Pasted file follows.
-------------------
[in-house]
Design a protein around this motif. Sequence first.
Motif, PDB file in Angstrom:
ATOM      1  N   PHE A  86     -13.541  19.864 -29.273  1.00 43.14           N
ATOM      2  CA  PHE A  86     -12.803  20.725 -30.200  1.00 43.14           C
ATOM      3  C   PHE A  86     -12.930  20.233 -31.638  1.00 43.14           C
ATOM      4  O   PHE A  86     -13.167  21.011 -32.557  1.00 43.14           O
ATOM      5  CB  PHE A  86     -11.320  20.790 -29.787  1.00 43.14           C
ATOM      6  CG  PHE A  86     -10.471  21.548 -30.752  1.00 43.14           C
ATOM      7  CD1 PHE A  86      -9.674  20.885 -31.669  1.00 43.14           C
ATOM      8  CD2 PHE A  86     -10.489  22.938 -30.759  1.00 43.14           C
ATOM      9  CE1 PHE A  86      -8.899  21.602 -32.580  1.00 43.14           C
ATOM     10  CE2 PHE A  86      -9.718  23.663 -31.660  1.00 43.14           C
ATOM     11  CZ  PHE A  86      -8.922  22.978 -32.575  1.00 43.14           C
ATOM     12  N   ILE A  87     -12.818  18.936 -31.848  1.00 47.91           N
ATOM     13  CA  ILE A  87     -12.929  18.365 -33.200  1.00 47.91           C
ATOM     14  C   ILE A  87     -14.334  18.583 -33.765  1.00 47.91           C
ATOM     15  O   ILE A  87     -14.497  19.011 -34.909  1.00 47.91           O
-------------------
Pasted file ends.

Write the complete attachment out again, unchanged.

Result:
[in-house]
Design a protein around this motif. Sequence first.
Motif, PDB file in Angstrom:
ATOM      1  N   PHE A  86     -13.541  19.864 -29.273  1.00 43.14           N
ATOM      2  CA  PHE A  86     -12.803  20.725 -30.200  1.00 43.14           C
ATOM      3  C   PHE A  86     -12.930  20.233 -31.638  1.00 43.14           C
ATOM      4  O   PHE A  86     -13.167  21.011 -32.557  1.00 43.14           O
ATOM      5  CB  PHE A  86     -11.320  20.790 -29.787  1.00 43.14           C
ATOM      6  CG  PHE A  86     -10.471  21.548 -30.752  1.00 43.14           C
ATOM      7  CD1 PHE A  86      -9.674  20.885 -31.669  1.00 43.14           C
ATOM      8  CD2 PHE A  86     -10.489  22.938 -30.759  1.00 43.14           C
ATOM      9  CE1 PHE A  86      -8.899  21.602 -32.580  1.00 43.14           C
ATOM     10  CE2 PHE A  86      -9.718  23.663 -31.660  1.00 43.14           C
ATOM     11  CZ  PHE A  86      -8.922  22.978 -32.575  1.00 43.14           C
ATOM     12  N   ILE A  87     -12.818  18.936 -31.848  1.00 47.91           N
ATOM     13  CA  ILE A  87     -12.929  18.365 -33.200  1.00 47.91           C
ATOM     14  C   ILE A  87     -14.334  18.583 -33.765  1.00 47.91           C
ATOM     15  O   ILE A  87     -14.497  19.011 -34.909  1.00 47.91           O